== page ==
An activist fathers' rights group said Wednesday that it was disbanding after a report that some former members had considered abducting Prime Minister Tony Blair's youngest son to draw attention to their cause.
Matt O'Connor, founder of the group Fathers 4 Justice, said that some radical former followers had become a "dark underbelly" that made it necessary to break up the 3-year-old group that had fought for changes in Britain's family laws.
"I will not let this organization be hijacked by militants, and I ask all fathers to respect our commitment to peaceful, nonviolent direct action no matter how aggrieved they feel," O'Connor said in a statement posted on the group's website.
He made the announcement after the Sun newspaper Wednesday reported an alleged plot by "lunatic fringe" elements to seize Leo Blair, 5, for a short time.
The idea apparently never progressed beyond the talking stage, and it was impossible to judge how serious the individuals might have been. However, Fathers 4 Justice had staged other headline-grabbing acts of civil disobedience in recent years, including trespassing and climbing onto a balcony at Buckingham Palace, and tossing flour-filled condoms at Blair and his ministers during a session of Parliament.
The group was formed to campaign for changes in family law and procedures in Britain, seeking more access for fathers to their children in cases of divorce or marriage separation.
Because the protesters dressed up as comic-book superheroes such as Batman and Spiderman, scaling numerous London landmarks, they were often referred to as "the men in tights."
According to the Sun and other broadcast and press reports, anti-terrorism police were not convinced that there was a serious effort to carry out the plan and the case resulted in warnings rather than arrests.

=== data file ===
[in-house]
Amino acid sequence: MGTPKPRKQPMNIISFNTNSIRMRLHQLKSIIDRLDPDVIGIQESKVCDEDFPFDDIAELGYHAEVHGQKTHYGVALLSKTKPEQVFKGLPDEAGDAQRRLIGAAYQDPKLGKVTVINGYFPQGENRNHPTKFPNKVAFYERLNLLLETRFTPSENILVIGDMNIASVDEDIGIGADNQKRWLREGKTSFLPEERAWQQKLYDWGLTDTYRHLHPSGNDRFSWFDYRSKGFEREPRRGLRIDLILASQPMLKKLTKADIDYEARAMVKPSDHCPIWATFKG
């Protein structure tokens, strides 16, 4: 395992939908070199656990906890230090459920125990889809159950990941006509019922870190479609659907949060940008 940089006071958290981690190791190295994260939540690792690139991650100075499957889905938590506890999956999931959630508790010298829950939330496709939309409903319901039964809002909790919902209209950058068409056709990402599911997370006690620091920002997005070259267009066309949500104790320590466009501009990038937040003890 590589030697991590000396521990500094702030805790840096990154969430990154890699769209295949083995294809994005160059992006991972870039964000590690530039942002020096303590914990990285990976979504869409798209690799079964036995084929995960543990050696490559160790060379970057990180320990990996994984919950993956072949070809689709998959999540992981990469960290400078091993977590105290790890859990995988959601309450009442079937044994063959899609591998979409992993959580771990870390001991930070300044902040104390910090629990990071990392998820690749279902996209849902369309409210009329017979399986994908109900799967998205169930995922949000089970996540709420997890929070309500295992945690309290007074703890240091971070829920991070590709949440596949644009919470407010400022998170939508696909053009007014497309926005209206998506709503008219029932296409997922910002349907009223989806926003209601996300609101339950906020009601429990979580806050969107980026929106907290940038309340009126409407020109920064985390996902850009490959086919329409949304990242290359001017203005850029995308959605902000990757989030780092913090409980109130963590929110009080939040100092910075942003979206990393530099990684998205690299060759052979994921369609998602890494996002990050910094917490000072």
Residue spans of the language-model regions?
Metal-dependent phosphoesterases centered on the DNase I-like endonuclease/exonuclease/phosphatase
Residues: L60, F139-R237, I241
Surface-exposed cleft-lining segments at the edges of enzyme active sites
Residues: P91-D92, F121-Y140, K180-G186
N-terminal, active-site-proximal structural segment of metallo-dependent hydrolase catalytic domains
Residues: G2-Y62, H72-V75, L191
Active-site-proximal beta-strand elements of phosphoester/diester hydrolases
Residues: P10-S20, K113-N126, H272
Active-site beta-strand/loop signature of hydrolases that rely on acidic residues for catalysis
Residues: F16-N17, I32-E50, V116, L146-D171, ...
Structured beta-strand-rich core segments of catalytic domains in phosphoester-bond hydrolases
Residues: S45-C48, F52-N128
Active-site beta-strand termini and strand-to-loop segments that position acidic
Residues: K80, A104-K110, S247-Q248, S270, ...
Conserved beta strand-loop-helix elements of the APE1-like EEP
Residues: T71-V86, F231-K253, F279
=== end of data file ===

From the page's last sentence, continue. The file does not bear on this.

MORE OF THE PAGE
"Fortunately, we think we nipped this in the bud. There have been no arrests, although inquiries are continuing," the Sun quoted an unidentified police source as saying. "It was good intelligence work."
Blair's office declined to answer any questions about the reported plan, citing standard policy to not comment on security matters.
O'Connor said he was aghast that any of the group's members could have even considered taking the prime minister's son.
"It's very difficult to establish if it is actually true," O'Connor said. "There have been no arrests and far as we are aware, there's been no form of police investigation. But we think it is certainly possible that ex-members of the organization who were expelled last year may have been planning something like this."
Speaking on BBC Radio, he said the episode "puts into question the whole existence of the organization, because I certainly wouldn't want to be associated with anything like this."
"We've spent the last three years trying to unite children with their fathers and there's this dark underbelly out there in the country that obviously came up with the absolutely grotesque idea of actually separating a child from their father," he added.
O'Connor said police apparently had visited some former members of the group over the December holidays and warned them that anyone who tried to intrude into 10 Downing Street, Blair's official residence, faced the risk of being met with deadly force.
Blair and his wife, Cherie, have four children. Leo was born three years after Blair became prime minister. The couple's other children are 22, 20 and 17. The Blairs keep their children shielded from public view.